When these transitions worked, it was very satisfying. I especially enjoyed the Chettiar/Little India section that comes just before the outbreak of World War II (Yu-Mei's original idea to place it here) and the filmic indulgences (cut tos, freeze-frames, rewinds etc.) that are employed at crucial moments in the 1950s Merdeka chapters. These were meant to evoke the new mass media that dominated this period (and I know that you at least, illustrious co-author, really liked them).

For more on these, go buy the book.

8. If you hadn't elected to read history when you were an undergraduate, what do you think you would be doing now?

Very simple - English Lit. My family is like an English Lit. mafia.

I was tossing up between English and History, and it was simply the encouraging words of my history teacher (the revered Charles Malyon, regarded by many - me included - as during his career the best history teacher in the UK) that sealed it for me. At the time, my parents thought English Lit. as a subject was going down the plughole anyway, what with the death of the author.

I'd like to say that an alternative life-choice would have meant I'd now be writing great novels and making great films. But, in reality, I'd probably still be sitting here in Hong Kong University, only just a few offices down the corridor, dreaming of the big break-out from the English Department.

9. After living in Singapore for over six years and writing Singapore: A Biography, what is the one thing about Singapore that you still can't get enough of?

Strangely enough, it's not the food. I have a sense Singaporeans are getting a bit short-changed these days when it comes to their culinary delights. A quick trip to Penang might make more people realise something is amiss.

No, for me the answer to that question (sentimental as it may sound) is definitely the people. Beyond the government, the 'system' and the cleanliness, Singapore is defined for me by an extraordinarily diverse range of wonderful people, past and present. This was the main motivation for writing a 'biography' of the island.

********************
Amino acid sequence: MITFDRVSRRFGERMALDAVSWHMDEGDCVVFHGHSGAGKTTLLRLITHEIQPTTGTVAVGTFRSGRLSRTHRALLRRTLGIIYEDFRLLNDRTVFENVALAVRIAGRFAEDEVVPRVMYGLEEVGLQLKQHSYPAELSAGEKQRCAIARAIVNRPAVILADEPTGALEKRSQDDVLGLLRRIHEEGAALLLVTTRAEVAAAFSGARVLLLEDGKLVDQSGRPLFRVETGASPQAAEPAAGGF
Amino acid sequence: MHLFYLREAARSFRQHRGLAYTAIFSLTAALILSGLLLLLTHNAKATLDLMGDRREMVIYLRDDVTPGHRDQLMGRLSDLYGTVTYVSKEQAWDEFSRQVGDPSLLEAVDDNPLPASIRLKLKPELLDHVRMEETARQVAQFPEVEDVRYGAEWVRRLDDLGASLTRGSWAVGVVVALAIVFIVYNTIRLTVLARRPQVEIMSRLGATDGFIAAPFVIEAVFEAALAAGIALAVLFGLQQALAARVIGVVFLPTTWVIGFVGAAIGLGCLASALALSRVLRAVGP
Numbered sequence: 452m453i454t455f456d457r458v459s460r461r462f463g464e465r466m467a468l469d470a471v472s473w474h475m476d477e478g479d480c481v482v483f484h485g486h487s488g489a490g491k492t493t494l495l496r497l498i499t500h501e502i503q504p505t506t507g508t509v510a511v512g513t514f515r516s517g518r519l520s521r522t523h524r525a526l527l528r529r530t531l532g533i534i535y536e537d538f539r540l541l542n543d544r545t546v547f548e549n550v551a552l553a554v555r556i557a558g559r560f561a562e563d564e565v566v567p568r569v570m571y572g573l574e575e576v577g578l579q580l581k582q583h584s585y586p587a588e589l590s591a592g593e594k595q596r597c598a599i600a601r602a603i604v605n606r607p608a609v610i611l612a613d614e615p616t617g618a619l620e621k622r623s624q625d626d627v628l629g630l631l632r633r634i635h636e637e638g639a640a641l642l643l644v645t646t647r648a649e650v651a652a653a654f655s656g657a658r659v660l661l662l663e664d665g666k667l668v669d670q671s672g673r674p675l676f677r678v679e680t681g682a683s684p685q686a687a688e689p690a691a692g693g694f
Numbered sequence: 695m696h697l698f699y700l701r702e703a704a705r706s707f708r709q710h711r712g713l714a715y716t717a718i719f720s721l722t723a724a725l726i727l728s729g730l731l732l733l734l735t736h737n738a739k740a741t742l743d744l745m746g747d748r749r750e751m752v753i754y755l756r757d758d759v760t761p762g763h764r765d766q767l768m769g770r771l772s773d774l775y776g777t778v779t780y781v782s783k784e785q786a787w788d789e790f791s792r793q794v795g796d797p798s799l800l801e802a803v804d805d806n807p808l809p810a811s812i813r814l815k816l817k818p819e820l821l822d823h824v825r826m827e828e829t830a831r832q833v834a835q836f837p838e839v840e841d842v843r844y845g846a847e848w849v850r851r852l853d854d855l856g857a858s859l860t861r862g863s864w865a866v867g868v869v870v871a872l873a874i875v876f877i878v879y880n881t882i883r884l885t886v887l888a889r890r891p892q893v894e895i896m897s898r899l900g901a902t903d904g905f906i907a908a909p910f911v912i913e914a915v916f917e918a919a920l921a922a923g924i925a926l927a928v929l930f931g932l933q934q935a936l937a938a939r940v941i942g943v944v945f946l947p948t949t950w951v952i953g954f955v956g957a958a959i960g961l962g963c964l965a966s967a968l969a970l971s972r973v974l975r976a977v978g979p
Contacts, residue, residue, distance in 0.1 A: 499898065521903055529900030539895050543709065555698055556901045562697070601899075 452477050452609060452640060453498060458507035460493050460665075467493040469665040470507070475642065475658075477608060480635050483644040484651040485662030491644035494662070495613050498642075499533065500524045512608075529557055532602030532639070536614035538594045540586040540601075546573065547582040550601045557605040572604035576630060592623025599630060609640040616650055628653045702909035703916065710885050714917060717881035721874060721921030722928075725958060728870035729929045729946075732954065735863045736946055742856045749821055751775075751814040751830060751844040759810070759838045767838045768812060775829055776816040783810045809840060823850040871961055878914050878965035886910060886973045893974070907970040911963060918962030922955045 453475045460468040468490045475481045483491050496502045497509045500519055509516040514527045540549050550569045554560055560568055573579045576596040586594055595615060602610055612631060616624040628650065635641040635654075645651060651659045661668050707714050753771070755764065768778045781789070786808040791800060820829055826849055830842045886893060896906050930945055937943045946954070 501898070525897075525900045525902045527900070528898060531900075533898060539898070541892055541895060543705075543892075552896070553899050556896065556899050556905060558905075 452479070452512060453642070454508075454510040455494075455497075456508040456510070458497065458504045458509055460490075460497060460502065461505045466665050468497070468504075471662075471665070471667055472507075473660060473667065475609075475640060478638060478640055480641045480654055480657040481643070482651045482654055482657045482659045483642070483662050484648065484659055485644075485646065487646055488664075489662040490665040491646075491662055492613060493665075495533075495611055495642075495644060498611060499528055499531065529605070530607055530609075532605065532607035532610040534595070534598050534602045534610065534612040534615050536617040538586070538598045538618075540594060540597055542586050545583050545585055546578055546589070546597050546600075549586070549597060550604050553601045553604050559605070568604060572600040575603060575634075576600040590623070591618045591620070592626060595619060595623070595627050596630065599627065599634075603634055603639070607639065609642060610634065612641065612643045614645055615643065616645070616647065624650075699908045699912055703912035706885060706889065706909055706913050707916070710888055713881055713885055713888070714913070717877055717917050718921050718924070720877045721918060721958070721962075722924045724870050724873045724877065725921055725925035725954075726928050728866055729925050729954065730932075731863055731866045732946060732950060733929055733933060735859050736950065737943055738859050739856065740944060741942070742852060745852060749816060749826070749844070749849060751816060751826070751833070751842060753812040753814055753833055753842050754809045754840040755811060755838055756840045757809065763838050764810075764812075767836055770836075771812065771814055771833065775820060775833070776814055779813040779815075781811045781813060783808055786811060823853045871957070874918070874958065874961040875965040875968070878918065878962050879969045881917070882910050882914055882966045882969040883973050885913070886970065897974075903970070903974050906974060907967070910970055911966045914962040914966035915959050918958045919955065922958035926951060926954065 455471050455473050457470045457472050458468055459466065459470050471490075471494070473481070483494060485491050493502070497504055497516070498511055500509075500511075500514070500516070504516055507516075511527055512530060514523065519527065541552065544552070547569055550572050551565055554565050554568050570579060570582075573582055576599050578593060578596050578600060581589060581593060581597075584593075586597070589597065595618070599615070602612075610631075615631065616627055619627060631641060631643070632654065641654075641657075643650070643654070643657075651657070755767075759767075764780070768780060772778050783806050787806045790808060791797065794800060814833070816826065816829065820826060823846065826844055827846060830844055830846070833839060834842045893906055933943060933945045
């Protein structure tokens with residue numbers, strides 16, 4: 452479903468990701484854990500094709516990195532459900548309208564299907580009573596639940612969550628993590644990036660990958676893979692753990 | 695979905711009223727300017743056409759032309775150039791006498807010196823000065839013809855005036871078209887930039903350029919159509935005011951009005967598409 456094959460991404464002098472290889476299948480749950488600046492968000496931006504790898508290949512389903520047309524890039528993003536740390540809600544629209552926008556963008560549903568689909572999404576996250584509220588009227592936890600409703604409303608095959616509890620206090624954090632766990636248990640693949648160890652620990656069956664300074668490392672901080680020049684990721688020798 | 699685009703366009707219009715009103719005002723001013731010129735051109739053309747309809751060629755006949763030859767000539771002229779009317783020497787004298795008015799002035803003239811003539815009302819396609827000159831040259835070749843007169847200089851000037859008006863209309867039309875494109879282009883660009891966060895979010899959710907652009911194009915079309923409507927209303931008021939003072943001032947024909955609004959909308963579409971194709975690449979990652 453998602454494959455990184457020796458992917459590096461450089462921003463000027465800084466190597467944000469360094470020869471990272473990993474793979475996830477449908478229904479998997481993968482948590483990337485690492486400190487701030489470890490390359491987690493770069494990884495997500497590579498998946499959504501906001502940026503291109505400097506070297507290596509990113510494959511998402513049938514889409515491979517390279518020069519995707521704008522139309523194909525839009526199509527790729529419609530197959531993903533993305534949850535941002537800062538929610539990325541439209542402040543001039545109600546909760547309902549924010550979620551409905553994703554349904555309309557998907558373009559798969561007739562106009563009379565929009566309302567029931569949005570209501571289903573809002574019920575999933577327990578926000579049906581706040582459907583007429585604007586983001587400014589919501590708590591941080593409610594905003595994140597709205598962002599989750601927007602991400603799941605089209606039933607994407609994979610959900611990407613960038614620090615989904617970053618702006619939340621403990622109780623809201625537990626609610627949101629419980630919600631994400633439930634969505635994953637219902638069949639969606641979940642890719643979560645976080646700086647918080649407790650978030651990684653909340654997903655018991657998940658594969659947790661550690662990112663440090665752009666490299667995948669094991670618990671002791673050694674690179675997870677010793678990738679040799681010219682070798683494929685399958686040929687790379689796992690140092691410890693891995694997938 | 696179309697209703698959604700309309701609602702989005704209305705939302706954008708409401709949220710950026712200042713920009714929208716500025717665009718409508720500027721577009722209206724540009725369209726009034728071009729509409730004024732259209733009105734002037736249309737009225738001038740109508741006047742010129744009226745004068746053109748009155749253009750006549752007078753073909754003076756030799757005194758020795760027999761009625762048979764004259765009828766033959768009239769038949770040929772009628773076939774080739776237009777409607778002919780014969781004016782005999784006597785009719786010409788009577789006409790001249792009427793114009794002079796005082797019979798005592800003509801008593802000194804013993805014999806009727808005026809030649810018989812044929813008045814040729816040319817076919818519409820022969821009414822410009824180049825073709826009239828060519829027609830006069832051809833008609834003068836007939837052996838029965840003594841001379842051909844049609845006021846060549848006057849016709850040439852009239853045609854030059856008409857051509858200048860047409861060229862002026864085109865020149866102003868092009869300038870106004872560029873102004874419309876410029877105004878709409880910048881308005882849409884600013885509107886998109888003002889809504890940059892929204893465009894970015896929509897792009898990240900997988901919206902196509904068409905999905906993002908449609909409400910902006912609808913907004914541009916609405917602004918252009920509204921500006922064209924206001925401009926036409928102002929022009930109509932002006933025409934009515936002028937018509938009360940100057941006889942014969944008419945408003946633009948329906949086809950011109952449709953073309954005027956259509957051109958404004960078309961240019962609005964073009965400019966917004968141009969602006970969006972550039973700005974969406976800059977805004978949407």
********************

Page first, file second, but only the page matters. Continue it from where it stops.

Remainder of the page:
And btw, though there are all these courtesy campaigns and repeated self-criticisms in the press about the lack of graciousness in Singapore society, my own experience is that Singapore is a far less aggressive and unfriendly place than many others I have lived in.

10. Please explain your name?

It's partly thanks to Google again.

Mark Frost is a well-known historian, novelist and screenwriter, especially in the US, who is perhaps best known for collaborating with filmmaker David Lynch.

One day, while working on the National Museum project, a curator called me up to congratulate me on my new novel The Six Messiahs (though on the phone I heard him say 'The Sex Messiah' - which took a while to work out and was all rather embarrassing). So I started adding my Indian name Ravinder to become Mark R. Frost or, in the case of our book, Mark Ravinder Frost (so Yu-Mei does not feel so alone with her own epic name).

My mother is from South India (my father from South London) and she gave me the Tamil name Ravinder after her favourite Indian poet, the Bengali Rabindranath Tagore.